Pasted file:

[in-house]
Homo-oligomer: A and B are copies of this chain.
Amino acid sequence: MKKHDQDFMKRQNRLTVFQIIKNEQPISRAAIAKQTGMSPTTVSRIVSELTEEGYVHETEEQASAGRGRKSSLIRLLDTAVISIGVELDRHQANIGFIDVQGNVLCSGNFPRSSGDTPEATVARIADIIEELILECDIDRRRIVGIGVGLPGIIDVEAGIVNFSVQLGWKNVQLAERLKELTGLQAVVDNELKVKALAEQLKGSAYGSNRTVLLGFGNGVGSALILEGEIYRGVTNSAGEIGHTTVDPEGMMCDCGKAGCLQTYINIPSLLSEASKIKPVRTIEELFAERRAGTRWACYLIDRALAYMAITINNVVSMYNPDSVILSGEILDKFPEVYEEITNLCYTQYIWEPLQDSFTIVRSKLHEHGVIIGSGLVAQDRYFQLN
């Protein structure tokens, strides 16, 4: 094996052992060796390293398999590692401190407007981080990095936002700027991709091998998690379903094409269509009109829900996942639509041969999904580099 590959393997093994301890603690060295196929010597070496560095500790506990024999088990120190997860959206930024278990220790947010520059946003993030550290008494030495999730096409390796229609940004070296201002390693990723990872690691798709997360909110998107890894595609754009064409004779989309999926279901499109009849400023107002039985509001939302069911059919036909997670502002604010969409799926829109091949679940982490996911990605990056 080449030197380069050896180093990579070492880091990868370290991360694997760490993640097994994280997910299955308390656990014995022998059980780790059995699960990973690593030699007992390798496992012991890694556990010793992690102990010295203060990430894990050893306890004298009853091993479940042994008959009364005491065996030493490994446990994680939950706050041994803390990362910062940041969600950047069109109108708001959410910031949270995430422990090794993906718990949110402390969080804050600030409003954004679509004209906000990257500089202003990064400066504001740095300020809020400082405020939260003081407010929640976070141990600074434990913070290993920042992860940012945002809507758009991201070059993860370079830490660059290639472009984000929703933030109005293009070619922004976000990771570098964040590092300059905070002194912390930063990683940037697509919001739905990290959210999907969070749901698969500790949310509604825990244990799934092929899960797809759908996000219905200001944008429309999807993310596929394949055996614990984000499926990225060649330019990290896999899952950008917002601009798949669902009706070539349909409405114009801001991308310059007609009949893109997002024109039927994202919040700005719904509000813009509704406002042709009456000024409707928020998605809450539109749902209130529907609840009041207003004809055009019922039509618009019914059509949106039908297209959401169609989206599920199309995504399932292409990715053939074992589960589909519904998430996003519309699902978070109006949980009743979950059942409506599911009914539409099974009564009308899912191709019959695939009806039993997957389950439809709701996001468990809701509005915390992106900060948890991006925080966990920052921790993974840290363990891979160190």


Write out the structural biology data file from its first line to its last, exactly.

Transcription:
[in-house]
Homo-oligomer: A and B are copies of this chain.
Amino acid sequence: MKKHDQDFMKRQNRLTVFQIIKNEQPISRAAIAKQTGMSPTTVSRIVSELTEEGYVHETEEQASAGRGRKSSLIRLLDTAVISIGVELDRHQANIGFIDVQGNVLCSGNFPRSSGDTPEATVARIADIIEELILECDIDRRRIVGIGVGLPGIIDVEAGIVNFSVQLGWKNVQLAERLKELTGLQAVVDNELKVKALAEQLKGSAYGSNRTVLLGFGNGVGSALILEGEIYRGVTNSAGEIGHTTVDPEGMMCDCGKAGCLQTYINIPSLLSEASKIKPVRTIEELFAERRAGTRWACYLIDRALAYMAITINNVVSMYNPDSVILSGEILDKFPEVYEEITNLCYTQYIWEPLQDSFTIVRSKLHEHGVIIGSGLVAQDRYFQLN
């Protein structure tokens, strides 16, 4: 094996052992060796390293398999590692401190407007981080990095936002700027991709091998998690379903094409269509009109829900996942639509041969999904580099 590959393997093994301890603690060295196929010597070496560095500790506990024999088990120190997860959206930024278990220790947010520059946003993030550290008494030495999730096409390796229609940004070296201002390693990723990872690691798709997360909110998107890894595609754009064409004779989309999926279901499109009849400023107002039985509001939302069911059919036909997670502002604010969409799926829109091949679940982490996911990605990056 080449030197380069050896180093990579070492880091990868370290991360694997760490993640097994994280997910299955308390656990014995022998059980780790059995699960990973690593030699007992390798496992012991890694556990010793992690102990010295203060990430894990050893306890004298009853091993479940042994008959009364005491065996030493490994446990994680939950706050041994803390990362910062940041969600950047069109109108708001959410910031949270995430422990090794993906718990949110402390969080804050600030409003954004679509004209906000990257500089202003990064400066504001740095300020809020400082405020939260003081407010929640976070141990600074434990913070290993920042992860940012945002809507758009991201070059993860370079830490660059290639472009984000929703933030109005293009070619922004976000990771570098964040590092300059905070002194912390930063990683940037697509919001739905990290959210999907969070749901698969500790949310509604825990244990799934092929899960797809759908996000219905200001944008429309999807993310596929394949055996614990984000499926990225060649330019990290896999899952950008917002601009798949669902009706070539349909409405114009801001991308310059007609009949893109997002024109039927994202919040700005719904509000813009509704406002042709009456000024409707928020998605809450539109749902209130529907609840009041207003004809055009019922039509618009019914059509949106039908297209959401169609989206599920199309995504399932292409990715053939074992589960589909519904998430996003519309699902978070109006949980009743979950059942409506599911009914539409099974009564009308899912191709019959695939009806039993997957389950439809709701996001468990809701509005915390992106900060948890991006925080966990920052921790993974840290363990891979160190």